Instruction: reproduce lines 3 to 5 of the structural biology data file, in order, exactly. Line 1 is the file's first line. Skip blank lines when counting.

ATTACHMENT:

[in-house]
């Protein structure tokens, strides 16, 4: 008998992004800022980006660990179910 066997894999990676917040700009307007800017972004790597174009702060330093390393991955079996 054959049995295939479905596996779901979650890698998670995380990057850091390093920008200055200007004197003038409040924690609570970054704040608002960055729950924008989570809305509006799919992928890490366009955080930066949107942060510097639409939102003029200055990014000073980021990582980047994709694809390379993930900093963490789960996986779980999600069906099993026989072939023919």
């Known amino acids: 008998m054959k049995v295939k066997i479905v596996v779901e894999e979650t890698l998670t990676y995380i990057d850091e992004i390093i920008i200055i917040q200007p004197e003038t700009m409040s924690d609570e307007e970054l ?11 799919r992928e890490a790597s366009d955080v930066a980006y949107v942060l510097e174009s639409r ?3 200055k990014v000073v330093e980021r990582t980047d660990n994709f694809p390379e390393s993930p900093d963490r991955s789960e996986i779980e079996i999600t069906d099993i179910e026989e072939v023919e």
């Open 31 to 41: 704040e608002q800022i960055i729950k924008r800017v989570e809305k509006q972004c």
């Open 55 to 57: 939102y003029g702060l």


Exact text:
């Known amino acids: 008998m054959k049995v295939k066997i479905v596996v779901e894999e979650t890698l998670t990676y995380i990057d850091e992004i390093i920008i200055i917040q200007p004197e003038t700009m409040s924690d609570e307007e970054l ?11 799919r992928e890490a790597s366009d955080v930066a980006y949107v942060l510097e174009s639409r ?3 200055k990014v000073v330093e980021r990582t980047d660990n994709f694809p390379e390393s993930p900093d963490r991955s789960e996986i779980e079996i999600t069906d099993i179910e026989e072939v023919e």
């Open 31 to 41: 704040e608002q800022i960055i729950k924008r800017v989570e809305k509006q972004c």
């Open 55 to 57: 939102y003029g702060l």